Majestic Radience Presence: The Willpower roll to oppose or attack character made every time attempting to disobey or harm character, but no more than once per turn.
Terrifying Apparition of Glory: The Valor and Confiction rolls to oppose or harm character made every time attempting to disobey or harm character, but no more than once per turn.
Durability of Oak Meditation: Cost now 1 mote per 2B added to bashing soak. A roll is no longer needed. May be used with existing armor.
Iron Skin Concentration: Big change: now reflexive and of instant duration, costing 3 motes only. It reduces the damage dice of any attack you are aware of to the attackers Essence.
Spirit Strengthens the Skin: Big change: now reflexive and lasts one scene. For 2 motes and 1 willpower, you may soak lethal damage with your bashing soak until the end of the scene. Incompatible with armor. (Note that this is somewhat similar to what Iron Skin Concentration used to do, but is slightly cheaper with a higher resistance requirement).
Unfailing Toroise Technique: Cost now 2 motes. Character’s natural lethal soak becomes Stamina + Resistance to defend against a single, even unanticipated, attack. Charm is compatible with armor.
Iron Kettle Body: Cost is now 3 motes. Character gains +8B/+9L soak to a single attack. In addition, if the number of damage dice rolled for the attack starts at eight or less, the attack does no damage at all.
Fiery Solar Chakram: Cost now 4 motes. Accuracy bonus equal to Essence.
The following charms are legal in this campaign and may be learned like any others:
Lunars have an innate connection to the Wyld and a lot of practice shaping themselves with their will, both of which make them natural sorcerers, particularly no-moons. To reflect this, experience costs for lunars to learn new spells are reduced to 7xp for no-moons and 9xp for other castes.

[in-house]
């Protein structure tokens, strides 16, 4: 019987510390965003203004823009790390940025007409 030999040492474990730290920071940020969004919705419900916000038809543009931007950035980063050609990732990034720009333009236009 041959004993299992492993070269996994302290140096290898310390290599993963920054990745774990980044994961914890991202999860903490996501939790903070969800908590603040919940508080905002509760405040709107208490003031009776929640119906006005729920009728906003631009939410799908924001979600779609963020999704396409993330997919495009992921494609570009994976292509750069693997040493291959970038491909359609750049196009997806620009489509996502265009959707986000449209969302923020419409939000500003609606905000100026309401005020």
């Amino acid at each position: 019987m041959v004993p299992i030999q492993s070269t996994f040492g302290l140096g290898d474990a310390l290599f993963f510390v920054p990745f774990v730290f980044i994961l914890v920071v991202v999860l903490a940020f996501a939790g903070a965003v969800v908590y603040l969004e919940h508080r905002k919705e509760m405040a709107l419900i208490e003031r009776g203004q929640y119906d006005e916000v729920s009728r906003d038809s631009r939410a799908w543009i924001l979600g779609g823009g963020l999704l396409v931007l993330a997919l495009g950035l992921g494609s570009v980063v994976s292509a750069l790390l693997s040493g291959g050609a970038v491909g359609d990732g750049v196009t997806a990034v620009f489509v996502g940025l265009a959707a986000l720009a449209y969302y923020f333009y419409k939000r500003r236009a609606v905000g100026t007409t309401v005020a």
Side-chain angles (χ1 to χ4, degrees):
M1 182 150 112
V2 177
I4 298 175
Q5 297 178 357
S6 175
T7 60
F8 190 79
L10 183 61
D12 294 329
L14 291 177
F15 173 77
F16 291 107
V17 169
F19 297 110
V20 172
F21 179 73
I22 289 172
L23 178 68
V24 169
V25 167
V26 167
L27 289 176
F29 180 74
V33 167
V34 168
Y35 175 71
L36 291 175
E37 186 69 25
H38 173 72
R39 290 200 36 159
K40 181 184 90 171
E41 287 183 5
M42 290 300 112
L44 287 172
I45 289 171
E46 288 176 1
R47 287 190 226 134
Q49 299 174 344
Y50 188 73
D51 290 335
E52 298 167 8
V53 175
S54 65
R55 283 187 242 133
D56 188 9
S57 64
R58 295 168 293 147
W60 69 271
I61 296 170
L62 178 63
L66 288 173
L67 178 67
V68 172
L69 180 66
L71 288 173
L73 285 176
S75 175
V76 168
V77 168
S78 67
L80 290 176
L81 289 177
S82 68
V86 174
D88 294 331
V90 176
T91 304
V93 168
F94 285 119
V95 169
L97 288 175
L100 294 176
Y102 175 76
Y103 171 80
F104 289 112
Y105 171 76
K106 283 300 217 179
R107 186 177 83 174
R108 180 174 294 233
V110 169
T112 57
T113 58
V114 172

Costs for learning necromancy remain unchanged.
On learning the charm for a new circle of sorcery, you can learn a spell of that circle for free as part of your training.
Combo Training Time
As written, the rules do not set a fixed training time for combos. In this campaign, the base time for learning a combo is equal to the sum of the minimum Ability or Attribute requirements of all charms in the combo, times the sum of the minimum Essence requirements of all charms in the combo, in hours.
This time is further modified by multiplying it by a factor of x. The value of x is calculated as followed:
- x starts at the value of the highest minimum Essence rating found in the combo.
- Add 1 to x if your Occult score is 1 or lower.
- If you lack a trainer, add 1 to x for each charm in the combo from an unfavored Ability or Attribute.
This total is then divided by a factor of y. The value of y is calculated as followed:
- y starts at 1
- Add 3 to y if you have a trainer.
- Add 1 to y if your Occult score is 4 or higher.
- Add 1 to y if your Lore score is 5 or higher.
- For each dot you possess in charmcraft, add 1 to y.
Modifying Existing Combos
Using canon rules, combos cannot be modified. If you want to add a charm into a combo, you must learn a whole new combo. Unfortunately, this has the effect of preventing people from developing combos. In our game, we allow this rule to stand, but provide steep discounts in xp cost and training time for learning the new combo.
Suppose you have a combo with two charms in it and you want to add a two more charms into it. Determine the training time (T2) and xp cost (X2) spent learning the two charm combo. Then determine the xp cost (X4) and training time (T4) that would be required to learn the four charm combo from scratch. To learn the four charm combo, you pay X4-X2 xp and you must train for T4-T2. At the end of this, you know both the original two charm combo and the new four charm combo.